In 2007, commissioned by the Costa Book Awards, a YouGov poll declared Stephen King “the UK’s favourite literary guilty pleasure.” UK readers also “freely admitted” to feeling a bit self-conscious about whipping out a Rowling, a Grisham or a Pratchett without first slipping it between the covers of a decoy copy of Fiesta or Knave. Expert comment on the coffee chain’s press release came from a contributing editor of The Encyclopedia of Guilty Pleasures: 1001 Things You Hate To Love, published in hardback in 2006 and described by the Times Literary Supplement as “something of a guilty pleasure.” Its very opportunistic existence flagged up the phrase’s sudden marketability.

That this sado-masochistic concept should still linger in the popular imagination and across so many artforms is, I’m afraid, rock music’s fault, where lines are forever being drawn and redrawn in the dunes of credibility. It was enterprising London DJ Sean Rowley who first trademarked Guilty Pleasures™, which now covers an entire cheeky empire of club nights, compilation albums, SingStar tie-ins, a Fearne Cotton-fronted ITV1 karaoke show, and a mobile disco available for hire at festival tent, arena warm-up, corporate jolly and private function. Rowley was astute in locating the fecund no-man’s land between cool and uncool a few years back and bagging the salvage rights.

WhateverF451Aug2010

I don’t wish to poop the party: the pics on the Guilty Pleasures website suggest a sizable slice of ongoing camp, works-outing fun in nightclubs up and down the land – verily, it is the new School Disco. But in taking the notion so irretrievably overground, gurning wig-outs of allegiance to ELO or Journey or Japanese Boy obviate any need for guilt. We live in a world of pop pluralism and Glee glasnost, where nostalgia packages and tribute bands make everything alright and, for anyone over 30, the last vestiges of embarrassment have been cast aside like a pair of crutches at Lourdes. Now is not the time to transfer our guilt to books.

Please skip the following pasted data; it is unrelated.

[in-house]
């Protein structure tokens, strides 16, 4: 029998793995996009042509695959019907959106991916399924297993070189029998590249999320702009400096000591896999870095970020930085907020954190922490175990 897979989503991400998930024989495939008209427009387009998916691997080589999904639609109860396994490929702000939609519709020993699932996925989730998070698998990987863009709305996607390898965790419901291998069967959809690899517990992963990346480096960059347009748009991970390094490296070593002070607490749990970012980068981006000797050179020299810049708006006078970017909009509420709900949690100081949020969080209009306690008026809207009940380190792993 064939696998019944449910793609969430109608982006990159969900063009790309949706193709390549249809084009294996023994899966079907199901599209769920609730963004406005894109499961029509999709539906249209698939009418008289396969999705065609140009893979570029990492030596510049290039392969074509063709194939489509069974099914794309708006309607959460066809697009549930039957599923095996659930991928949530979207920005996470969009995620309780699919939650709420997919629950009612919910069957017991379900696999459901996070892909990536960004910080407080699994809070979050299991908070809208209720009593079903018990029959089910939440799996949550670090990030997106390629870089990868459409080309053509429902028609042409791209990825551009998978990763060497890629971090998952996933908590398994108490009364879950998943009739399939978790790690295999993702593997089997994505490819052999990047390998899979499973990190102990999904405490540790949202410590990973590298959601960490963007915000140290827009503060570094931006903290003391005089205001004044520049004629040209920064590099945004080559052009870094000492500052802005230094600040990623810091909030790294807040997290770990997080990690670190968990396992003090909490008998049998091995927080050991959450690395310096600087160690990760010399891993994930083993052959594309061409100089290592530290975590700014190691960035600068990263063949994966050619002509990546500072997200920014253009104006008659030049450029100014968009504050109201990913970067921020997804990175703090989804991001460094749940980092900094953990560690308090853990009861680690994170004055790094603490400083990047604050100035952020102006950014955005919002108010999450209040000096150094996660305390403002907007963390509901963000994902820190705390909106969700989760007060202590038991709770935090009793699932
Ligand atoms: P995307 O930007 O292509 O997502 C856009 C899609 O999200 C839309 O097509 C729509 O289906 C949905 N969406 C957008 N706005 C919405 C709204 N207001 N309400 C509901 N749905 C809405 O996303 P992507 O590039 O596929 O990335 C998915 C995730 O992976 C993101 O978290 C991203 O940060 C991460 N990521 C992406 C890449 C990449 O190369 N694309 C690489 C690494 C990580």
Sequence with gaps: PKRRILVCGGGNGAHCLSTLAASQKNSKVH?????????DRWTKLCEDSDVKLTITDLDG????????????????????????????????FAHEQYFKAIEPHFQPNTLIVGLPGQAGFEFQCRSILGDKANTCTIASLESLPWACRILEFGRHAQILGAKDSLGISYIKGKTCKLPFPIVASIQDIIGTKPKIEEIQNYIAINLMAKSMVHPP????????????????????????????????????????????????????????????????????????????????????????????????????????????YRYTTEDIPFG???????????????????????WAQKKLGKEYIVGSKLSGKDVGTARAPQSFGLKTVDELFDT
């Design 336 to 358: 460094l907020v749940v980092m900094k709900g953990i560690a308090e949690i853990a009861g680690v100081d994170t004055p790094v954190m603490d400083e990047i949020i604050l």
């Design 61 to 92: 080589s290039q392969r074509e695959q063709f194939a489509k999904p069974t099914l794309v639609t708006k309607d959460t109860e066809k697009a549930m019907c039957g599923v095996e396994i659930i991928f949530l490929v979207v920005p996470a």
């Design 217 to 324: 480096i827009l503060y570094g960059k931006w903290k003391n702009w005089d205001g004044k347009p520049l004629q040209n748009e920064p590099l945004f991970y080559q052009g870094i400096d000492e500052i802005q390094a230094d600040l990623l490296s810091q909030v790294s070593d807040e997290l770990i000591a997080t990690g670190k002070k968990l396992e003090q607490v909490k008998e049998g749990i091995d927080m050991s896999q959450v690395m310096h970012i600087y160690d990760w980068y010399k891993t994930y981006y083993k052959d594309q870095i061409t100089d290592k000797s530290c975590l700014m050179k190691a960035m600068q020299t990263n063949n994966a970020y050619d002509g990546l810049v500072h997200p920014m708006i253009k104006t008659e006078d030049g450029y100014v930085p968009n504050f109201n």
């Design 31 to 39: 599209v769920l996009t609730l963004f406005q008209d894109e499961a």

Among the Guilty Pleasures website’s “celebrity confessionals”, Russell Brand cleverly eschews the obligatory Toto or Wham and plumps for Gary Glitter. “I feel a bit guilty about this,” he declares. “What with him being a convicted paedophile.”

In the same spirit of literalism, three cheers too for Alex, 70, retired, from mid-Wales, the sole Guardian respondent at Hay to break ranks and say, “I don’t feel guilty about reading anything.” Nor should you. Now, where’s my copy of Mein Kampf? I need something to wrap around The Encyclopedia of Guilty Pleasures on the bus.

GoggleZelig

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I thought it time to publish my entire, exclusive, self-taken portfolio of Gogglebox portraits, which I collected on my Grand Tour, this spring, while writing Gogglebook: The Wit & Wisdom Of Gogglebox (Macmillan, £16.99 hardback, but cheaper if you order via Hive and support your local bookshop here). They are not, technically, selfies, but I took them myself, using what used to be known as a camera, and its “self timer” feature. I tried to stand my camera as close as possible to where the camera usually is when Gogglebox is being filmed. (Insight: at the Malones’ house in Manchester, I was invited to stand it on the box containing their dog Joe’s ashes – “Joe won’t mind,” Julie assured me.)

And then I inserted myself, Zelig style, into the frame. The results are mixed, artistically, but all record a unique, near-religious pilgrimage, which began at the Tappers’ in North London on April 26, and ended at the Michaels’ in Brighton on May 26. That represents a packed month of my life, and one I shall never forget. I calculated that I covered 1,942 miles as I zig-zagged from Nottinghamshire to Merseyside to Yorkshire to Derbyshire to Lancashire to Wiltshire to Greater London again and Sussex. It was achieved in a number of legs and took military planning. Not a single household let me down. (Except Steph and Dom, whose guest house I was unable to visit, due to their extra-curricular schedule.)

I hope you like the book. You have to be a Gogglebox fan to fully appreciate it, but if you are, there are delights both nostalgic and new within its covers, and the illustrations by Quinton Winter are phenomenal.

Here are the portraits, presented in the order in which they were taken.

GoggleboxRevKateGrahamGoggleboxJuneLeonGoggleboxJennyLeeGoggleboxBillJosefGoggleboxTheWoerdenwebersGoggleboxTheMalonesGoggleboxTheMoffattsGoggleboxTheSiddiquisGoggleboxStephenChrisGoggleboxSandySandraGoggleboxTheTappersGoggleboxGilesMaryGoggleboxTheMichaels

What a rare and lovely month it was. I shall never forget it.

The little pic of me surrounded by Sandy and Sandra was taken by professional photographer Nicky Johnston for Radio Times.